When we began studying set theory in Chapter 3, we made several assumptions regarding which things are sets. For example, we assumed that collections of numbers, like N, R, or (0, ∞) are sets. We supposed that operating with given sets to form new collections, as with union or intersection, resulted in sets. We also assumed that formulas could be used to describe certain sets. All of this seemed perfectly reasonable, but since all of these assumptions were made without a carefully thought-out system, we would be wise to pause and investigate if we have introduced any problems.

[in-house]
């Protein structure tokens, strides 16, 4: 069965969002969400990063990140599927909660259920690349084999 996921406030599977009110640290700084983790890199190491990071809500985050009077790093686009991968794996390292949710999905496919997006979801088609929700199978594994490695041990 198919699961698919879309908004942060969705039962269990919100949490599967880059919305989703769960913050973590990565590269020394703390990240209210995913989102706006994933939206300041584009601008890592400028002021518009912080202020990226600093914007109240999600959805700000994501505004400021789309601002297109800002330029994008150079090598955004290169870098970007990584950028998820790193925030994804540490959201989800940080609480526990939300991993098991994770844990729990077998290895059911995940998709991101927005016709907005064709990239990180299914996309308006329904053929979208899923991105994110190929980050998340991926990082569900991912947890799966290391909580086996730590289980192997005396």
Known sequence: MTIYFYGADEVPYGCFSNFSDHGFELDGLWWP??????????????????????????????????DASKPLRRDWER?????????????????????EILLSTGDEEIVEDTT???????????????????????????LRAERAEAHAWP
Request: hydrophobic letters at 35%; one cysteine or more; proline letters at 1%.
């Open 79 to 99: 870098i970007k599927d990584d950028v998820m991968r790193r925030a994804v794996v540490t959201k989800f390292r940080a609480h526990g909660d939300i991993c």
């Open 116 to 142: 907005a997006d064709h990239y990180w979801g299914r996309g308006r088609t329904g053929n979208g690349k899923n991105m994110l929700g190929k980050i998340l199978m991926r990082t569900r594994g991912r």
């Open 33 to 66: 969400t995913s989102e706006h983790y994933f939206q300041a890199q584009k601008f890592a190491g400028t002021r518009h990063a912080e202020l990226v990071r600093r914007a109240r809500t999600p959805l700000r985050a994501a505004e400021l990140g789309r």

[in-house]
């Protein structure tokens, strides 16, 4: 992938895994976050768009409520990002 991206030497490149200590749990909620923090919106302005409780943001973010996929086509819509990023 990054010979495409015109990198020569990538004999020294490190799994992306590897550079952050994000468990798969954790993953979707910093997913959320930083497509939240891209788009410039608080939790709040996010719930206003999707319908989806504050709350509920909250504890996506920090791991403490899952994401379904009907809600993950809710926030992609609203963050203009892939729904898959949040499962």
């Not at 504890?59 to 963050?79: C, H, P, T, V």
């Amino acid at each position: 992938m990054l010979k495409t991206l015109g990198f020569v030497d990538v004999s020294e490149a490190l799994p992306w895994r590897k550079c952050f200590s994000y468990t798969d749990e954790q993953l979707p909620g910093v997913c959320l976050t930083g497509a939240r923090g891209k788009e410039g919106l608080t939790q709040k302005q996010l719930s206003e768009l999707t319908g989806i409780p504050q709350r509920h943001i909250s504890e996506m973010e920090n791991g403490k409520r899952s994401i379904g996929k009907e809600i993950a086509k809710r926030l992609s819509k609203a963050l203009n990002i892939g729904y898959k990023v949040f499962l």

Consider the following question. Given a formula p(x), is there a set of the form {x : p(x)}? Consistent with the attitude of our previous work, we might quickly answer in the affirmative. Mathematicians, including Cantor, also initially thought that this was the case. However, it was shown independently by Bertrand Russell and Ernst Zermelo that not every formula can be used to define a set. For example, let p(x) := xx and A = {x : p(x)} and consider whether A is an element of itself. If AA, then due to the definition of p(x), AA, and if AA, then AA. Because of this built-in contradiction, it is impossible for A to be a set. This is known as Russell's paradox, and it was a serious challenge to set theory. One solution would have been to dismiss set theory altogether. The problem was that this new subject combined with advances in logic appeared to ...

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